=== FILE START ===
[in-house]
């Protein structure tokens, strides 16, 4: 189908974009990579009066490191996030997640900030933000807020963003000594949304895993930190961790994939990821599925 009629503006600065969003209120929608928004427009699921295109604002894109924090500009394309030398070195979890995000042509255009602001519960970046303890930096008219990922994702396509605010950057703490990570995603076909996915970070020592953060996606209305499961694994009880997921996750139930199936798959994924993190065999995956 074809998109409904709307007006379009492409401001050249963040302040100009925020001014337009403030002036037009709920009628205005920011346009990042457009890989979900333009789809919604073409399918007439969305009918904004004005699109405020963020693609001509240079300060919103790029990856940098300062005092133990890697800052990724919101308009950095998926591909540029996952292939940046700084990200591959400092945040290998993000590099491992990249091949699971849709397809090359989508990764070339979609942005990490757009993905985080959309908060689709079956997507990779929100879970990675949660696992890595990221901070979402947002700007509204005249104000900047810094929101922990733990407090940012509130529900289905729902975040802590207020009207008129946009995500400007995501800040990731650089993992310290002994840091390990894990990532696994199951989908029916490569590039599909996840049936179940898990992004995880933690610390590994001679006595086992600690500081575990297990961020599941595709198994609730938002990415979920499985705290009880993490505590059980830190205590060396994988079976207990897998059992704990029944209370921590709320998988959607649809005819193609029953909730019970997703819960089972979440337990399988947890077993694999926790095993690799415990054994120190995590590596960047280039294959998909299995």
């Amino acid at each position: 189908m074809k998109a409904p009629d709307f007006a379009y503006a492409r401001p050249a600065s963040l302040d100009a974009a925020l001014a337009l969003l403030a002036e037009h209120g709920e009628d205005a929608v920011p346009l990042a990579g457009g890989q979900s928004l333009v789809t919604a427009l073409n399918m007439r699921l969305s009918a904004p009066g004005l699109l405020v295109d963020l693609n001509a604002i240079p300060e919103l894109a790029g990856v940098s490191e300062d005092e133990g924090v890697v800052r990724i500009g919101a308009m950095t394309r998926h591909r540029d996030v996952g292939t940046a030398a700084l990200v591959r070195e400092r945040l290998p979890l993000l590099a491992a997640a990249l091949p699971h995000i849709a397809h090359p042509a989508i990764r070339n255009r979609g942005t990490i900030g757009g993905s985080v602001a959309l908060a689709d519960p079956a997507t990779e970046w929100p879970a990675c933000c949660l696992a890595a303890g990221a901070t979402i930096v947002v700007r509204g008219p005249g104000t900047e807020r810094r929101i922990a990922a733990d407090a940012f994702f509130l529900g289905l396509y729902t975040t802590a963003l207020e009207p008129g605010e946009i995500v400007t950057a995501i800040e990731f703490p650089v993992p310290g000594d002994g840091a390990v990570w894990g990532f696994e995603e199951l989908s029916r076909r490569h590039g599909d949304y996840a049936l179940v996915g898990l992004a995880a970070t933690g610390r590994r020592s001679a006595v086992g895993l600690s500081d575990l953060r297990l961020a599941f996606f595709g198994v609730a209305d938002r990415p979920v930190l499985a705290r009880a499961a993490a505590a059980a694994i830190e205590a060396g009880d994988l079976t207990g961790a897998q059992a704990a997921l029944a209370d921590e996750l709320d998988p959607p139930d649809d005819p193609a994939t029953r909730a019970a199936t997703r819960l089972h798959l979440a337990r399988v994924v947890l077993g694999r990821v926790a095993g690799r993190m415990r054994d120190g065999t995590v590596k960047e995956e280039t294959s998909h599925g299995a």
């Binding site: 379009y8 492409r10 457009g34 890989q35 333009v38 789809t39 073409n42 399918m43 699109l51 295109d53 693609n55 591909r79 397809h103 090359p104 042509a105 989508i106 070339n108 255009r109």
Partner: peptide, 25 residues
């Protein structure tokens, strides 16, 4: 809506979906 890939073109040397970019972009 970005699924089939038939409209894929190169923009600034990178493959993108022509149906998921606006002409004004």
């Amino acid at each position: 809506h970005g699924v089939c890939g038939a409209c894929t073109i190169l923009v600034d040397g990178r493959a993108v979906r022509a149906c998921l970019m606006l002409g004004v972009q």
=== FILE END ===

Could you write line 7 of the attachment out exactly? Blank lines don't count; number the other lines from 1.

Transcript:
């Amino acid at each position: 809506h970005g699924v089939c890939g038939a409209c894929t073109i190169l923009v600034d040397g990178r493959a993108v979906r022509a149906c998921l970019m606006l002409g004004v972009q």